On the 8th, I despatched you a communication in which a description of our expedition to relieve Gen. Foster, and the issue thereof, was detailed. I had not finished writing it, before an order was proclaimed. I believe I stated that marching orders were issued before we got off the boat--that we were to be at Foster's landing by one o'clock A. M., and as the subscriber was still at work at 12 o'clock, he judged it wise not to go to bed at all, but to prepare rations for the journey. The reveille now sounded through the camps; the men were roused from their profound slumbers, for they had slept but little for a week previous, and were surprised at the suddenness of our starting; none but officers being informed. By the lambent light of a sweet round moon, beaming, oh, how beautiful! upon us, we crossed the R--R--Bridge, marched through New Berne, quiet in sleep, all unconscious of our movements,--arrived at the landing, immediately embarked upon old rafts, ferry-boats etc., and in tow of steamboats, crossed the Neuse, and encamped on the opposite bank, until the whole army corps, consisting of about 12,000 men, got over. You cannot conceive the labor, trouble and expense of moving 12,000 men, with the horses, the artillery and caisons, the ambulances, the quartermasters teams, surgeons carts, etc.; thirty six hours were consumed in the crossing. A second time we were moving to relieve Gen. Foster, still besieged by the Rebs in Little Washington. The enterprise was hazardous, as we were leaving New Berne, comparatively without defenders, and the Rebs threatening its capture. About two o'clock the column commenced to move, the N. Y. V. Regiments, as usual, firing the pine forests as they proceeded so that the left wing were compelled to march through a forest of fire; and when you consider that every pine tree is covered with a coat of pitch from one to three inches thick, you can conceive the fury of the conflagration, the hissing, cracking and sweeping of the flames, the turpentine poured out from the tall trunks in countless jets, looking like a shower of rain, and these igniting before they reached the ground, made one general ocean of flame as far as the eye could reach. The march through sweet water swamp reminded us of our journey through the Dismal Swamp last January, the road being often under water two feet deep; the chuck-holes being frequent, the artillery, wagons, and ambulances, frequently stuck, horses fell, precipitating their riders; then the shouts and oaths of riders and drivers, the splashing and floundering and tumbling about in the mud, produced a most ludicrous scene. It is wonderful how patient the horses have become under the hard usage and neglect to which they are subject. When mired or fallen they do not struggle and exert themselves, but lie quietly until everything is prepared for their extrication. The march was maintained until eleven o'clock P. M. when we encamped. Early in the morning we were again en route, expecting to join battle with the Rebs on the west bank of the Pamlico by noon; and we were not disappointed. The artillery being in the advance, about four o'clock and suddenly, its thunders broke the stillness and announced the commencement of the battle. The column halted, formed line of battle, and prepared to move to the left of the artillery. I expected to see uneasiness and trepidation depicted on many a face; but was surprised to find the men all--excitement, busy conjecturing, filling their canteens or eating their supper, Elden cross, because he was not to make fire and cook his coffee; Emory dodged down and went to sleep; jokes were plied. "Down on them! Pitch in lively! Let the dogs loose! Aye, aye, sir! Johnny, Hoover, Tallhem, Shatzer, roll in for supper! How are you Rebs!" and other such exclamations common among the boys, were heard along the line, as is usual in camp! The Rebs had been expecting us; had planted a battery in easy range of the road, and as soon as our advance came within it, they opened with shell. At their first fire, made before Capt. Belger, had his battery in position, two horses were killed and one man wounded! Captain Belger himself at the same instant was fired upon by a sharp-shooter, and wounded in the thigh. Now our artillery opened, and boom, boom, boom, away went the shells, exploding over the Rebs, and filling the forests with reverberating thunder. The 17th Massa. V. being in the front poured a volley across the slough, the bridge over which had been destroyed, with what effect I have not learned. The fight lasted an hour, when the Rebel battery was silenced. Our army immediately started to return! a move we cannot yet understand; but if reports are true, our gunboats, during the fight, stormed the batteries along the river, and gained Washington; thus accomplishing the desired end; our army immediately marched homeward in quick time, as our absence imperilled New Berne! On our arrival at New Berne, we saw the large transport steamer, Escort, receiving a regiment, doubtless for Washington. Thus we have tricked the Rebs. "Three days rations to be cooked immediately!" Mercy! Will we have no rest? Won't some one interested in the success of our arms, let the authorities know that this army corps, is cursed with boy aides, who are nuisances! that the 'cavenly face of the Paymaster has not as yet shone about us?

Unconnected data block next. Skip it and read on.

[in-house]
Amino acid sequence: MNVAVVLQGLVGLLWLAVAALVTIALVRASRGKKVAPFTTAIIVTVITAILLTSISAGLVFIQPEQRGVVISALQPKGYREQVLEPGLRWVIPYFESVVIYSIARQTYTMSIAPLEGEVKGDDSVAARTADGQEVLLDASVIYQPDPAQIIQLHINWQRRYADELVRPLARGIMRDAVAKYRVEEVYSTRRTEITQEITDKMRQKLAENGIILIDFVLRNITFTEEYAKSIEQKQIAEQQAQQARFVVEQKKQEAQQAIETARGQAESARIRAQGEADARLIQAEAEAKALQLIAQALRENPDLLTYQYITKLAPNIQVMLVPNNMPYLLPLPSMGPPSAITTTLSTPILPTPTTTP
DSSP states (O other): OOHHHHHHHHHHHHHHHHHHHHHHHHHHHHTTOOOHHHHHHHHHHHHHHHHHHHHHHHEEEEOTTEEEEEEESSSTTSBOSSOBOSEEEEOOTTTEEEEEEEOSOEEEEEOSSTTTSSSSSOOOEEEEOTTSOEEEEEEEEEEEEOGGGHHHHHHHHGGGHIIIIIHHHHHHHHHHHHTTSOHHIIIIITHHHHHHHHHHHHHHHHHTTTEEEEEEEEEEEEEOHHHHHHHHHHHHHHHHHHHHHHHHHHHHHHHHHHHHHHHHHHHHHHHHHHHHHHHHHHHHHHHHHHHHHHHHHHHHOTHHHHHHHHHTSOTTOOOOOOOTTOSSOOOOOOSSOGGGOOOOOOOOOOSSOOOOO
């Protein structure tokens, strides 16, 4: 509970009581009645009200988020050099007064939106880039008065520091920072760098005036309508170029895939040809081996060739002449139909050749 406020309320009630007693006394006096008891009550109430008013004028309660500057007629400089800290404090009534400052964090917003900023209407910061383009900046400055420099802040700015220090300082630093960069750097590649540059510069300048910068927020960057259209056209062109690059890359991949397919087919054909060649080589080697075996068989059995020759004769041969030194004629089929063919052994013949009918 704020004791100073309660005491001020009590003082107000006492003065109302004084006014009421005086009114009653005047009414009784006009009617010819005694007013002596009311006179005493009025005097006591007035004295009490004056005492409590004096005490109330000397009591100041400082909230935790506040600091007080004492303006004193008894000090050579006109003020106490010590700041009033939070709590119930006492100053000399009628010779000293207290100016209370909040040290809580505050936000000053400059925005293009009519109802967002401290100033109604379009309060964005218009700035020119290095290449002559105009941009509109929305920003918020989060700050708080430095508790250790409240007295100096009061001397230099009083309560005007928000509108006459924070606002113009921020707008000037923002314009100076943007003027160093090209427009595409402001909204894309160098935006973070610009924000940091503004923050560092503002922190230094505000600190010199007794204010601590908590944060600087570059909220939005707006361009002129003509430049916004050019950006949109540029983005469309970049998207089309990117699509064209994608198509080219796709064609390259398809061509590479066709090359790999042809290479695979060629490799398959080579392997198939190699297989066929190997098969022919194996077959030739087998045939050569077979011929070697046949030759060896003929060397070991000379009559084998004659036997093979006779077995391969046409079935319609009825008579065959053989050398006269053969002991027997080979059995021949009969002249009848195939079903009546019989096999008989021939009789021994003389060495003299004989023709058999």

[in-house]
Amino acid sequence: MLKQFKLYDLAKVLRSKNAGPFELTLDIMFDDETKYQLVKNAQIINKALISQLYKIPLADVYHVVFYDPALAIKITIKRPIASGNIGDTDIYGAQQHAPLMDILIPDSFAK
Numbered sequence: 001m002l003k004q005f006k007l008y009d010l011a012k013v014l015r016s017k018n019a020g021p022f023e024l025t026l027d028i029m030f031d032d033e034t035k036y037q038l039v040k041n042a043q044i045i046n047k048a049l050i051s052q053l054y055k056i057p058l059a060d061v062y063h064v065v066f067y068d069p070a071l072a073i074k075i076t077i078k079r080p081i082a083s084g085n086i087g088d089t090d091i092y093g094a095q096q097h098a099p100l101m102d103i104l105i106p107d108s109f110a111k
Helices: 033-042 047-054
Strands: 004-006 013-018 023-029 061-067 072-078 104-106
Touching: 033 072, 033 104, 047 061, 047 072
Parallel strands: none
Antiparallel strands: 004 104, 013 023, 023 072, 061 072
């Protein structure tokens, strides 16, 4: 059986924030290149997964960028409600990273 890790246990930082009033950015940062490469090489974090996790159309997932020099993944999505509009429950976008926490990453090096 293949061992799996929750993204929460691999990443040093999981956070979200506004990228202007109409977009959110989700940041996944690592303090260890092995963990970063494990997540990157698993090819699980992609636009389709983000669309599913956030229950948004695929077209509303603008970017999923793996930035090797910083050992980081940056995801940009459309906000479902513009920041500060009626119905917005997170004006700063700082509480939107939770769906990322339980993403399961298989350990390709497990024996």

W. T. B.

Trailer: W. T. B.
The Tomb
(Column 6)
Summary: On April 21st, Sallie M. Snider died in Waynesboro. She was 2 years old.
(Names in announcement: Sallie M. Snider)

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Description of Page: This page contains advertisements.

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Description of Page: This page contains advertisements.